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Could Women of Color Vote in the 1870 election?

Could Women of Color Vote in the 1870 election?

  • Cheyenne Daily Leader, September 6, 1870 p1 c 1,

It appears that there would have been no legal bars to non-white women who were over 21 years old and U.S.citizens voting in Wyoming after the passage of the Women's Suffrage Act of 1869. Whether they exercised that right during the 1870 election is another question.

Auntie Phillips—no other name is recorded—shown here in 1890, worked as a midwife in southwestern Wyoming. Wyoming State Archives.There were few women in the territory and even fewer women of color, thus anecdotal evidence is scarce, though it does exist. With enough digging into census and voting records, examples may be found to help answer the question of whether women of color were at least registered to vote. Voting then was not done by secret ballot; the Laramie Daily Sentinel, for example, announced the day after the election that 93 women had voted in Laramie, of whom 64 had "voted the Republican ticket." Further, there were no voter rolls at the time, so it would be very difficult to find exactly out who voted in 1870--and of those, how many were women of color.

Six years after the event, Wyoming Territorial Supreme Court Justice John Kingman recalled a group of African-American women voting in the 1870 election in Cheyenne:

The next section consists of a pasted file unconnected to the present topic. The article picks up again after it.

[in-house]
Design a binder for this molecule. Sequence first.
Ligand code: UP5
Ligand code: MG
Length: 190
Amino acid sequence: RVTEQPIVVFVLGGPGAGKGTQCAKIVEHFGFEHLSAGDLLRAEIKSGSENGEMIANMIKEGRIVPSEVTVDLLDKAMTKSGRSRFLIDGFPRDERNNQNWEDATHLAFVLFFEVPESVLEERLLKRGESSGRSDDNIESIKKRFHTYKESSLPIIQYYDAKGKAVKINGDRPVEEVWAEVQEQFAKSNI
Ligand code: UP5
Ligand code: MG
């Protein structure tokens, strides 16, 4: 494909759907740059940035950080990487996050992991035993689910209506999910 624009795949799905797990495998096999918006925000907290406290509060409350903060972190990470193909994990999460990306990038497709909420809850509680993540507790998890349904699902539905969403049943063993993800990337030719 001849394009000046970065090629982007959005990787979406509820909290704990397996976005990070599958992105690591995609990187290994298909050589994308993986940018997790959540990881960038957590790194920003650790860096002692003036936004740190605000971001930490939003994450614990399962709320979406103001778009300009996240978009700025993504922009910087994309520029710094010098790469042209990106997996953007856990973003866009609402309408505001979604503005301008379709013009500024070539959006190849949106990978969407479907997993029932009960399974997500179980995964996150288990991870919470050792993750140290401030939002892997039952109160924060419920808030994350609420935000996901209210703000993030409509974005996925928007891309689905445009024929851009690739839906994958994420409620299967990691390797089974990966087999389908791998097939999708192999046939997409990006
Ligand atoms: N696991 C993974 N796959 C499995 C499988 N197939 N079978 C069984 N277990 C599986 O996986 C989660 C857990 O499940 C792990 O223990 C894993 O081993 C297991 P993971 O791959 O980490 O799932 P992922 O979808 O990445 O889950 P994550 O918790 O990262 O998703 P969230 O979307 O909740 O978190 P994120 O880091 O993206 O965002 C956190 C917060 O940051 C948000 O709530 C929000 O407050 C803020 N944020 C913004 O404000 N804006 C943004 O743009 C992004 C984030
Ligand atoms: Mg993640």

I remember a case in point, which, at the time, caused me much uneasiness. We had, at first, a large proportion of Southern men and of Northern Copperheads. By that I mean men who advocated secession, and came to Wyoming to escape being drafted [in the Civil War]. Carriages were employed by the candidates to bring ladies to the polls. At the hotel were a number of colored girls employed as servants. After a while a carriage drove up with four of these colored girls in it. They were helped out, and as they went up to the polls the crowd quietly parted; they voted and returned to the carriage without a word said. Then I breathed freely; I knew that all was safe." 

Census figures

In 1870, only 10 black women over the age of 21 were enumerated in the Territory, all of whom would have been eligible to vote. By 1890, that number had grown to 187 total black women, though this most likely included a few Asian and "civilized Native American" women as well.

The numbers for Asian women were even more minuscule. Only five were enumerated in 1870, all Chinese though Japanese was also a classification that year. The 1890 census statistics did not break out gender numbers or ages for non-black colored classifications. These few women were lumped under the "colored" category.  Most likely, women reported as "Asian" would not have been eligible to vote as nearly all were foreign born and not naturalized citizens. 

With some exceptions, Native American women would not have qualified to vote until 1924, when Congress passed the Indian Citizenship Act. 

The Federal census statistics did not include numbers for Hispanic/Latina women until the 1980 census when "Hispanic" became a racial classification option. Prior to 1980, the Hispanic/Latina population was included in the "other non-white" classification. In 1930, the country of birth statistics was included and 44 women were reported to have been born in Mexico. This number, of course, did not include individuals born in the U.S. who were identified as Hispanic or whose parents, grandparents or other ancestors were Hispanic, nor those born in countries other than Mexico.

—Compiled by Wyoming State Archives. Used with thanks.

Resources

Illustration

  • The 1890 photo of Auntie Phillips—no other name given—is from Wyoming State Archives. Used with permission and thanks.